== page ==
Traumatic brain injuries (TBI) sustained in combat frequently co-occur with significant bodily injuries. Intuitively, more extensive bodily injuries might be associated with increased symptom reporting. In 2012, however, French et al. demonstrated an inverse relation between bodily injury severity and symptom reporting. This study expands on that work by examining the influence of location and severity of bodily injuries on symptom reporting after mild TBI. Participants were 579 US military service members who sustained an uncomplicated mild TBI with concurrent bodily injuries and who were evaluated at two military medical centers. Bodily injury severity was quantified using a modified Injury Severity Score (ISSmod). Participants completed the Neurobehavioral Symptom Inventory (NSI) and the Posttraumatic Stress Disorder Checklist (PCL-C), on average, 2.5 months post-injury. There was a significant negative association between ISSmod scores and NSI (r=-0.267, p<0.001) and PCL-C (r=-0.273, p<0.001) total scores. Using linear regression to examine the relation between symptom reporting and injury severity across the six ISS body regions, three body regions were significant predictors of the NSI total score (face; p<0.001; abdomen; p=0.003; extremities; p<0.001) and accounted for 9.3% of the variance (p<0.001). For the PCL-C, two body regions were significant predictors of the PCL-C total score (face; p<0.001; extremities; p<0.001) and accounted for 10.5% of the variance. There was an inverse relation between bodily injury severity and symptom reporting in this sample. Hypothesized explanations include underreporting of symptoms, increased peer support, disruption of fear conditioning because of acute morphine use, or delayed expression of symptoms.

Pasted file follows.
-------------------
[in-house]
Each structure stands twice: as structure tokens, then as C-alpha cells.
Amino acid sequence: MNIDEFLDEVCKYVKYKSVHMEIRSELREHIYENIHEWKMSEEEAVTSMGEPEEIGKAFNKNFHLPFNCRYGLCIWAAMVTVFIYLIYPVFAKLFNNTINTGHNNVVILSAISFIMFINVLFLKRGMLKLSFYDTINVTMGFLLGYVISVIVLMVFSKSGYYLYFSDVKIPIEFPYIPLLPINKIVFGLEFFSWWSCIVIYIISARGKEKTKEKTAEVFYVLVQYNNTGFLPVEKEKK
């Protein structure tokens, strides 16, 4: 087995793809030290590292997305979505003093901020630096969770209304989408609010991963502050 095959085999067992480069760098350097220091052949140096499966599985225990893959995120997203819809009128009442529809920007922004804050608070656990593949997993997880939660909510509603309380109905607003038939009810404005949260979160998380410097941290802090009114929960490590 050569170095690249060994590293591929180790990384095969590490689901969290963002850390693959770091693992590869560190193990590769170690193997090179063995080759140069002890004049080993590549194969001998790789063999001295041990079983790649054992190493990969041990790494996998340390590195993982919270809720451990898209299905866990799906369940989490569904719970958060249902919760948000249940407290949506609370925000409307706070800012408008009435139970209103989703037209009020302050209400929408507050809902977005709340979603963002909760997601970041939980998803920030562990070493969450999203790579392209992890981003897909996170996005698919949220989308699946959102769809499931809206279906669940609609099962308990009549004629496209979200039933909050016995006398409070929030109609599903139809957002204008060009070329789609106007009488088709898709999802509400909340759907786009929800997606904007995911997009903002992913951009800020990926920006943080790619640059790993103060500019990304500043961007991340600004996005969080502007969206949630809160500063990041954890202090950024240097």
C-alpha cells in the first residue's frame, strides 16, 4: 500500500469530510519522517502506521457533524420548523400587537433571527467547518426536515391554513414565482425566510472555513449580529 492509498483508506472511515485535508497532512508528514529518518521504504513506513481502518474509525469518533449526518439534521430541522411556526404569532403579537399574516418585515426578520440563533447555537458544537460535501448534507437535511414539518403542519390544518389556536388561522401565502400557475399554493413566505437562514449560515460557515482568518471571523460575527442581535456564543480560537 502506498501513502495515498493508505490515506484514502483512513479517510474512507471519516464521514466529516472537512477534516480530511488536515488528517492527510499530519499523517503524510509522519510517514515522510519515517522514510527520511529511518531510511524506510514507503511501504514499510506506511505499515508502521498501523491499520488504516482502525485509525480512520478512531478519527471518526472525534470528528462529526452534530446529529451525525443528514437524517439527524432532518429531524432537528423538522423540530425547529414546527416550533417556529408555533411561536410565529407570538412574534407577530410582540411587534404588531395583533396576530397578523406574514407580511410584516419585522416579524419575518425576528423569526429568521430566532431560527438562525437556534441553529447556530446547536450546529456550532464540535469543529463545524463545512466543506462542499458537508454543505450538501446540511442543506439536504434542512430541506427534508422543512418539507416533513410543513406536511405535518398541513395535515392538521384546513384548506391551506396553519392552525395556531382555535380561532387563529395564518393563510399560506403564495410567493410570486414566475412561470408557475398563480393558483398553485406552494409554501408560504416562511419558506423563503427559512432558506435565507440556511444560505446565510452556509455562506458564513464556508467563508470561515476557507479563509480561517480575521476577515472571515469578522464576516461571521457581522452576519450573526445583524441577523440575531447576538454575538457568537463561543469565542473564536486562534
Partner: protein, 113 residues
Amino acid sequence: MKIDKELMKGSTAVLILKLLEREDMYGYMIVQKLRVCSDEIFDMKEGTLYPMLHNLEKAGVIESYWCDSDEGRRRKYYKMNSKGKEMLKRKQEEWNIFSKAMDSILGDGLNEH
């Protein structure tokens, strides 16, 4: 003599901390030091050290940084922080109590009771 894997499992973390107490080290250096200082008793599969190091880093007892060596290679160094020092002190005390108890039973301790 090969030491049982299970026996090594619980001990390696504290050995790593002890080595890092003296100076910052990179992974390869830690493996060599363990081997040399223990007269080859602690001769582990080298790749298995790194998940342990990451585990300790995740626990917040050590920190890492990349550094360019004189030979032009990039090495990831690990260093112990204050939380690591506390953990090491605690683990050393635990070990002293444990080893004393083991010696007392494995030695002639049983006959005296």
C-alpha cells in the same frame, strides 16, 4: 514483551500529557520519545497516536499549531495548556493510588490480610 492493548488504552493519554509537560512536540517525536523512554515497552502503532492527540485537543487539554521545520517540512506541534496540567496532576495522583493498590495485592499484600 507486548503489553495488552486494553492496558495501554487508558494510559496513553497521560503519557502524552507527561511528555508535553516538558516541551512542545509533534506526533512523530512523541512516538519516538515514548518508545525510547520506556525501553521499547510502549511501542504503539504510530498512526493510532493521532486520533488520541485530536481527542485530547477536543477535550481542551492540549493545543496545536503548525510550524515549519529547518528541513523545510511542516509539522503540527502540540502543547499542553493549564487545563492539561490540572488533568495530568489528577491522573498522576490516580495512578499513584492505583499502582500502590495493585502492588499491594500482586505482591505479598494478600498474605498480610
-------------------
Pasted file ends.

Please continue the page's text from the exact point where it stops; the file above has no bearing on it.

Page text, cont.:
• Publication Status: Published
  • Sponsoring Organization: Defense Health Agency (formerly TRICARE Management Activity)
  • Sponsoring Office: Defense and Veterans Brain Injury Center
  • Congressionally Mandated: No
  • Funding Source: Defense Health Agency (formerly TRICARE Management Activity)
  • Release Date/Publication: October 01, 2014
  • Citation: French LM, et.al . Influence of the severity and location of bodily injuries on post-concussive and combat stress symptom reporting after military-related concurrent mild traumatic brain injuries and polytrauma. J Neurotrauma. 2014 Oct 1;31(19):1607-16.

The Millennium Cohort Family Study: a prospective evaluation of the health and well-being of military service members and their families.

Study

Abstract